Category Archives: Outfits

midweSTYLE: Desert Boots Resoled

So, after a little over two years, I wore a hole straight through the crepe sole of my Clarks desert boots. After a round of violent weeping and gnashing of teeth, I was prepared to hold a burial service, or another memorial of similar gravitas. These felt like the boots I became a man in, or something.
While the term “essential” is egregiously overused, desert boots are one of a handful of items that actually deserve the title. They go with damn near everything, and I found myself wearing them almost every day for a year or so—a default for my feet. Thus, when they were finally unwearable, I was just short of devastated.
Then came the decision. Do I pitch them? Buy a new pair? Do I spring for a resole? WHAT DO I DO NOW?
What it really came down to was whether I should re-support Clarks, who was probably going to just fine if I didn’t, or whether I should put money toward a local cobbler to hook me up with a new sole.
In that light, the answer made itself abundantly clear.
Tucked away in the shadows of the Francis Quadrangle’s infamous columns, on 8th Street in Columbia, Missouri, sits a little shop called Dawson’s Shoe Repair. I had walked by countless times, never giving the unassuming brick storefront a second thought—that is, until I wore a hole in the sole of one of my most beloved possessions.
Inside, I was greeted by a friendly man named Bob who took my Clarks, offered me a slew of resoling options, and promised to do his best with the monster ripple soles I had chosen. Bob, who has worked at Dawson’s since he completed his service in the Air Force in 1971, made quick work of my order and after a few days, I had fallen back in love with my old, worn-out desert boots. When it was all said and done, the price tag came to $75 to have my well-loved boots resurrected with a patina and sole that I don’t think you’ll find anywhere else. Compare that to the $100 I might have spent on a pair of new boots, and I’d say I came out with the better end of the deal.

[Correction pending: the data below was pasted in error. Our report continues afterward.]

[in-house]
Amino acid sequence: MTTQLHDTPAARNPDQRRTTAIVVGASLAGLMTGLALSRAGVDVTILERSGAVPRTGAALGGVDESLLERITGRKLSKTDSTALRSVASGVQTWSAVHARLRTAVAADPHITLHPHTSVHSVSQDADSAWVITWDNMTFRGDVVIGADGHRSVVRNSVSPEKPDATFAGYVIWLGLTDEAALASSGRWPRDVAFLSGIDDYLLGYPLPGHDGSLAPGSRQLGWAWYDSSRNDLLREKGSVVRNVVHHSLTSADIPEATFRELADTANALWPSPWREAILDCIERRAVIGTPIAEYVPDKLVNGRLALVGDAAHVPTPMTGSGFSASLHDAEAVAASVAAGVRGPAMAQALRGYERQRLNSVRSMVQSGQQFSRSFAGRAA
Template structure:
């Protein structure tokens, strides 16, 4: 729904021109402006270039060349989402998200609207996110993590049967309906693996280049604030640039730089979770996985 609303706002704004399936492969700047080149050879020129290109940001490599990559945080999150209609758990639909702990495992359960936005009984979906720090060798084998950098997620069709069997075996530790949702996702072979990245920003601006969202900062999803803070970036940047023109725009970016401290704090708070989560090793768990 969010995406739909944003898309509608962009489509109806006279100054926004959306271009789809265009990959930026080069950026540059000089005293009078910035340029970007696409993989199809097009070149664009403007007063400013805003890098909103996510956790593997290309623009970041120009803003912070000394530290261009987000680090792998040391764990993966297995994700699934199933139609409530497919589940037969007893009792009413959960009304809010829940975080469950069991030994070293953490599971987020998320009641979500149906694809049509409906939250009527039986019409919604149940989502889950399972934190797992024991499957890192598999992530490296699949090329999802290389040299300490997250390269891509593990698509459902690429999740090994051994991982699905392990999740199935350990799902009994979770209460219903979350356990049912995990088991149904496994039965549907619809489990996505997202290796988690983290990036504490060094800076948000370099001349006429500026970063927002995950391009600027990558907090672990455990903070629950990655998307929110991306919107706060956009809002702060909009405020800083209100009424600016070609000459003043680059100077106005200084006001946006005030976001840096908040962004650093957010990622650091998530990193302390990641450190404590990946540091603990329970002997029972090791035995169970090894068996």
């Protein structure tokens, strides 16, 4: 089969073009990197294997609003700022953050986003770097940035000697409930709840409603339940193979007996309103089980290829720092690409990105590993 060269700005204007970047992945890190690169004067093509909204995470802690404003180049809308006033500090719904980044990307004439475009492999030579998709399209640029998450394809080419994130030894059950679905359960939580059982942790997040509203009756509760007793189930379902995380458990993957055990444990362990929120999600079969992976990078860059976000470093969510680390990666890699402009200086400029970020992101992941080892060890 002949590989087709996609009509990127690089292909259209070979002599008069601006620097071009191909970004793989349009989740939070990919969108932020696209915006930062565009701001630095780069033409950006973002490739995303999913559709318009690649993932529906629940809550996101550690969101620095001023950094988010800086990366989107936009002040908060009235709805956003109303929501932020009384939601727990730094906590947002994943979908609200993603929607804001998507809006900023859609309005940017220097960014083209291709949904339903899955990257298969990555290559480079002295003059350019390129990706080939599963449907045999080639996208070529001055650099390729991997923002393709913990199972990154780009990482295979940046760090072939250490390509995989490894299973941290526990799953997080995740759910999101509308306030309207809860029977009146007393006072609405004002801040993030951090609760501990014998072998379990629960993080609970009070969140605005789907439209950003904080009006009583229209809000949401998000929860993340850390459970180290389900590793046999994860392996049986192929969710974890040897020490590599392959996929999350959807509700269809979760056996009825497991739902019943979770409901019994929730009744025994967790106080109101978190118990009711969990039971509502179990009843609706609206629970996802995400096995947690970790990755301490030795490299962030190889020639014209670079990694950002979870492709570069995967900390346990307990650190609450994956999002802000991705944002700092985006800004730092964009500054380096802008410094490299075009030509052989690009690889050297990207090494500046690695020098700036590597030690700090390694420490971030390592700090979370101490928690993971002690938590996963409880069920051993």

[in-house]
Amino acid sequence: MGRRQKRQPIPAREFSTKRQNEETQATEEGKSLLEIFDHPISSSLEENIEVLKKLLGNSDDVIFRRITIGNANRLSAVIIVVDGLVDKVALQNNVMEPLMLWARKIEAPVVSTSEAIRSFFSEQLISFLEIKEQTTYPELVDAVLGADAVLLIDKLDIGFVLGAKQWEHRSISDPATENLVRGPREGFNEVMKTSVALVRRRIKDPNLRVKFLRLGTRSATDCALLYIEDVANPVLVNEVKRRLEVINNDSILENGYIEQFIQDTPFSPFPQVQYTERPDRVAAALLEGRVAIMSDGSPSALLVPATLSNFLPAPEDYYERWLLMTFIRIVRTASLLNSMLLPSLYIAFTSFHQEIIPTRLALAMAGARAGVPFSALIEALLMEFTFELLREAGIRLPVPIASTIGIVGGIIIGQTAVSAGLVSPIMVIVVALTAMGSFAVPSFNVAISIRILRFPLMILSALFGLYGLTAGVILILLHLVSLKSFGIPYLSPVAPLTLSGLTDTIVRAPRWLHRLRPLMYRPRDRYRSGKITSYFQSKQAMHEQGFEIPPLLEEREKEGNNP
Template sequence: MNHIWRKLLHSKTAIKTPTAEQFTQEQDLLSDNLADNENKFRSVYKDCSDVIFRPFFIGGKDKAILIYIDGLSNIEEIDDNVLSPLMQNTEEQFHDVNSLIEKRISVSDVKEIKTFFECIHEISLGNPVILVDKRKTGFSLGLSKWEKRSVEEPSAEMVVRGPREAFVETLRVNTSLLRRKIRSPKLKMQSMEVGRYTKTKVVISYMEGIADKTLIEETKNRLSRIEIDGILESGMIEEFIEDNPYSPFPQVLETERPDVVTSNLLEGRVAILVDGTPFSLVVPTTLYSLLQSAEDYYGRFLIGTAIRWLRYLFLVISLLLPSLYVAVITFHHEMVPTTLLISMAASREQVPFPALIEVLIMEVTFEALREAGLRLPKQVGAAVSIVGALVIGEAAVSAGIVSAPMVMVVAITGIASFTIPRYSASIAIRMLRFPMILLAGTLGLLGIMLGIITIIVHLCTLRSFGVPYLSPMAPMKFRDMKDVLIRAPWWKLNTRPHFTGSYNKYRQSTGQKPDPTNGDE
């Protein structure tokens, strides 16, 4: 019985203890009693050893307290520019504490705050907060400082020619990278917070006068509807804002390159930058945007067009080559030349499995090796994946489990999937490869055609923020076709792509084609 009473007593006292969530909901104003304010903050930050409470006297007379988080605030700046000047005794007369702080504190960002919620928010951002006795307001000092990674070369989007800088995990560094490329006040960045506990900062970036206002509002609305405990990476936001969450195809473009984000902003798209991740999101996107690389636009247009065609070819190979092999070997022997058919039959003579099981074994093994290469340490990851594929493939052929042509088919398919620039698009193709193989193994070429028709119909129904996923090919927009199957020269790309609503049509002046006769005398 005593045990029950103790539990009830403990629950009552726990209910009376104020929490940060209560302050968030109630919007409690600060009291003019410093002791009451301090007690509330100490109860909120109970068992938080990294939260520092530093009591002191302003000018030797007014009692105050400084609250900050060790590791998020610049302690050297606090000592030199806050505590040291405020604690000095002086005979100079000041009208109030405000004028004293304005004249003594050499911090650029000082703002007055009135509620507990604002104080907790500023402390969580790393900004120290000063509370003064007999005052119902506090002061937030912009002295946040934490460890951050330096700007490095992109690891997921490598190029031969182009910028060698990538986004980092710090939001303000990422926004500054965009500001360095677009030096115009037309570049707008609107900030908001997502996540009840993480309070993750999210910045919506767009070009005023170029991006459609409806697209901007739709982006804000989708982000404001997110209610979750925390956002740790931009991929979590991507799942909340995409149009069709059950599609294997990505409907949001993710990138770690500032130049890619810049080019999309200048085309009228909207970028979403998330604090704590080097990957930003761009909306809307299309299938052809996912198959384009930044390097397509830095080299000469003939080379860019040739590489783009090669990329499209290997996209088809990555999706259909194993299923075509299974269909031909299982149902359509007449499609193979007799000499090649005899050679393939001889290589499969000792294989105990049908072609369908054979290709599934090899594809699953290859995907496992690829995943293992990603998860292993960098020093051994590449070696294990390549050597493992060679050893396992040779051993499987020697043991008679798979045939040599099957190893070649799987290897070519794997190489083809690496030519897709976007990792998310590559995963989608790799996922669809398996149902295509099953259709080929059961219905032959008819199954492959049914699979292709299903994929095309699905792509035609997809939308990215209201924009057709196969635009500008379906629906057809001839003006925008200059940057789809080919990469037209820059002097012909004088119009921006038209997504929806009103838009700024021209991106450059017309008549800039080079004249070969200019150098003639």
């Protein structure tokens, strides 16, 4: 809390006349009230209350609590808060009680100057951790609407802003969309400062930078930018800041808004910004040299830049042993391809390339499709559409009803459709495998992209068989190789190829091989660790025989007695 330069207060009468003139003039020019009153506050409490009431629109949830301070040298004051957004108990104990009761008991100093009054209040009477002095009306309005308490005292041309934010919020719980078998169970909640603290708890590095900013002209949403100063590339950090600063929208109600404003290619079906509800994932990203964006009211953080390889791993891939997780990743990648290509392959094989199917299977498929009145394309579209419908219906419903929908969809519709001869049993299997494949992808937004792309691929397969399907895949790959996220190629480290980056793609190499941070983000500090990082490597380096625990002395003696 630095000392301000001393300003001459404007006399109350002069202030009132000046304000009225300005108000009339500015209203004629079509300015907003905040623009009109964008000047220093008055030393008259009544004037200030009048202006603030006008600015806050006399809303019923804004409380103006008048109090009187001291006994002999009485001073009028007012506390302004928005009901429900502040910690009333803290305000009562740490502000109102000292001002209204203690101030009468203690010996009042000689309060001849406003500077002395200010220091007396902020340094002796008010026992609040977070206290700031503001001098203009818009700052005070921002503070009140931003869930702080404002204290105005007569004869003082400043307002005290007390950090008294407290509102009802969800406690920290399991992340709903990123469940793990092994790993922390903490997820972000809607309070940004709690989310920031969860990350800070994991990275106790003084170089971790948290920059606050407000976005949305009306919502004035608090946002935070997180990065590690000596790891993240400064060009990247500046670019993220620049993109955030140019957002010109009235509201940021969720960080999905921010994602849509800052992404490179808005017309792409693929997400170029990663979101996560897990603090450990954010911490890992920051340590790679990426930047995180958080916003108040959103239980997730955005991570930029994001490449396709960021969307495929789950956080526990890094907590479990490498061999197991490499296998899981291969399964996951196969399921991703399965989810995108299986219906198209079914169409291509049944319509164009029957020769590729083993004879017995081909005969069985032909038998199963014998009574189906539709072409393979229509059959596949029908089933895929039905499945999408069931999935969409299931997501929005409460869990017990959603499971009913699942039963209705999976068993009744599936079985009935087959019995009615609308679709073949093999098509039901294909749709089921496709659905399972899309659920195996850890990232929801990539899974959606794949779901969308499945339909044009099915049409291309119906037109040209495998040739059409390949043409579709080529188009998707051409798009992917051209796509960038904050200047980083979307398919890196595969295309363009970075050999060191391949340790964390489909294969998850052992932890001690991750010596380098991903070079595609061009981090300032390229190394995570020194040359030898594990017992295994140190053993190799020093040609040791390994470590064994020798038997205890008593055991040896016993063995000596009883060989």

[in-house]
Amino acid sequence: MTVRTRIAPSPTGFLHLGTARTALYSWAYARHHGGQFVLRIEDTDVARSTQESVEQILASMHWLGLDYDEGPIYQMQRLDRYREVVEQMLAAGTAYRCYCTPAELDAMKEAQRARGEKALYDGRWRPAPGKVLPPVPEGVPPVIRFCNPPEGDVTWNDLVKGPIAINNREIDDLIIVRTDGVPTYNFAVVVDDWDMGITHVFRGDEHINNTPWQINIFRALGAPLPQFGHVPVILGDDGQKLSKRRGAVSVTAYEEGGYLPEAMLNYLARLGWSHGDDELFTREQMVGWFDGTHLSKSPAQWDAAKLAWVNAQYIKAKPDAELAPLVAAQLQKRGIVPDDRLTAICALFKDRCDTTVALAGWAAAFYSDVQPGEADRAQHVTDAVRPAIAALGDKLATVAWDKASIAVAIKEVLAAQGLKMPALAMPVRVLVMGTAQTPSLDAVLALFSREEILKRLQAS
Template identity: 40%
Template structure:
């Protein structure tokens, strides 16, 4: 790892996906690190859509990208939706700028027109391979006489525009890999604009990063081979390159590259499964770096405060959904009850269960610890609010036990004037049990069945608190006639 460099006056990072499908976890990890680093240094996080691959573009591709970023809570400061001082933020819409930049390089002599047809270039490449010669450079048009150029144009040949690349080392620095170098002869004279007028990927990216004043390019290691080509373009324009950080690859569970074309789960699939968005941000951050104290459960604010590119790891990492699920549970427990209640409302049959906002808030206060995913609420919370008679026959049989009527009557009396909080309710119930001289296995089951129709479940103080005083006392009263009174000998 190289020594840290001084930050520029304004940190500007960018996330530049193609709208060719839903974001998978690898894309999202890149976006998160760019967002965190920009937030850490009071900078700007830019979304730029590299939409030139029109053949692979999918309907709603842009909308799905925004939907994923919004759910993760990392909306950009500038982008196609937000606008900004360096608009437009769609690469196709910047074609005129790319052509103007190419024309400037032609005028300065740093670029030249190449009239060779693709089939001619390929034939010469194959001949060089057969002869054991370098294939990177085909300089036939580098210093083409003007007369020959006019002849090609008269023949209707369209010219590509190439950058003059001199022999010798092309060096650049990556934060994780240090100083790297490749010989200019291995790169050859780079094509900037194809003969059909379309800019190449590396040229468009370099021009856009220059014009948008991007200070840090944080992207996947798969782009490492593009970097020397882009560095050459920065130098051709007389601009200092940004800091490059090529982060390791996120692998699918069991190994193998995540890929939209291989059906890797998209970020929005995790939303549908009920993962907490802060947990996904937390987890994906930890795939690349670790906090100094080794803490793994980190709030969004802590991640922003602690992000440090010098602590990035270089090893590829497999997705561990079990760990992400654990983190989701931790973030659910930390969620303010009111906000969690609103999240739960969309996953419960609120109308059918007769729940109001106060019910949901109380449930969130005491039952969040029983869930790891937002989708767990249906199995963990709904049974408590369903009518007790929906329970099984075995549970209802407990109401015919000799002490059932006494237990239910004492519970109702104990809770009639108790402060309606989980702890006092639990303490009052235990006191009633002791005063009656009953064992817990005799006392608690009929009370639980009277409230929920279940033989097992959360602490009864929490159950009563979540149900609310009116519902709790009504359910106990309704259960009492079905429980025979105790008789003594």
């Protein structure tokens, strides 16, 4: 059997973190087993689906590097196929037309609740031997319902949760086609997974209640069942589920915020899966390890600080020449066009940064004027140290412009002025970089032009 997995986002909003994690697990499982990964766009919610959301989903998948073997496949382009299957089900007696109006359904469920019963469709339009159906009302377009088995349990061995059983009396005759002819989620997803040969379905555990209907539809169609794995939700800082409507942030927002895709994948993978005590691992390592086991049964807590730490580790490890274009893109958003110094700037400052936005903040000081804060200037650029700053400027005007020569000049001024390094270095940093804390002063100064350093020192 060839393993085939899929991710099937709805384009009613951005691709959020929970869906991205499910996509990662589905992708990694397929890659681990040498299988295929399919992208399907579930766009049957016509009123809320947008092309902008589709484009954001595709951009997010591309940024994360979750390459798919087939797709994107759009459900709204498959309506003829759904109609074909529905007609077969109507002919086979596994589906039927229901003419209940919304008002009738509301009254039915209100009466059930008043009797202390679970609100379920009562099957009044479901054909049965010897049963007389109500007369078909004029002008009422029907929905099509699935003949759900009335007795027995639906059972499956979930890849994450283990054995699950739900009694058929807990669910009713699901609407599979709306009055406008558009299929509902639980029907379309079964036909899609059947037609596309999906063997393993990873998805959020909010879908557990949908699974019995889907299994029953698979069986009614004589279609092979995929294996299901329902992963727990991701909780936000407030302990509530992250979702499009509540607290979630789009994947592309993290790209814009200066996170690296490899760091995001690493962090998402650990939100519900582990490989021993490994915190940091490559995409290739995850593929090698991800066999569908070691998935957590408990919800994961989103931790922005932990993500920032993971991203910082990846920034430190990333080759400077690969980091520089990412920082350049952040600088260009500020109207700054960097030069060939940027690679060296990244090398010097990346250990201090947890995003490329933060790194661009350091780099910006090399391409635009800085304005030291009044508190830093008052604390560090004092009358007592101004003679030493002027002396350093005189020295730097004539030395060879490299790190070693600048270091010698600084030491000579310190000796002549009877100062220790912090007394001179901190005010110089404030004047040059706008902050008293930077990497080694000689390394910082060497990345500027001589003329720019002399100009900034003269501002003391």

The only task left is to find a fitting nickname. Suggestions welcome.
On Cameron: “The Henley” in California wash by Baldwin Denim; green waffle henley by Old Navy; striped shirt by Steven Alan; submariner watch by Military Watch Co.; whiskey tortoise “Preston” eyeglasses by Warby Parker; desert boots by Clarks, resole by Bob Wood at Dawson’s Shoe Repair. 

Photography by Jarred Donalson.

midweSTYLE: Stripes, chambray, cobalt.

I was never one to gravitate toward hoodies growing up, mainly because they were never long, trim or interesting enough.
I liked the idea of having a track jacket but never could commit to it because my ideas of track jackets were attached to the ones everyone wore in high school with logos plastered on them. I’ve been down that road before and had vowed to not retrace my steps.
Photography by John Stoffer

However, A.P.C., the notorious cult label of simple Parisian basics, caught my eye this past winter. 

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midweSTYLE: Put a bird on it

Go ahead and get your comments out of the way with “Put a bird on it!
Bring it on.
When I walked into the London store, I saw one of the sales associates wearing this shirt and asked if they had my size is stock.  Bummed that they didn’t have my size to try, the guy took the shirt off his back and let me give it a go.
Talk about customer service, people.

The shirt has an interesting story behind it as well:
The Jackdaw print was created by Edwyn Collins, best known for his hit ‘A Girl Like You.’ A former member of the band Orange Juice, Collins suffered from a double brain hemorrhage in 2005. As part of his rehabilitation, Collins created these individual illustrations. Having heard his story, Liberty immortalized his illustrations for SS12.
It’s rad when brands develop product with a story behind it.

 On Jeff: “Jackdaw” shirt by Barbour, available at Need Supply; green cotton military blazer from Urban Outfitters; scarf from Italy; dirty grey beanie from Target; slim dark navy “Thunder” wash in “Max” fit by Acne, available at Opening Ceremony; beloved Plainsman’s tan “Zachary” boots by Walkover Shoes; skinny railroad spike cuff by Giles & Brother; “Weekender” watch by Timex.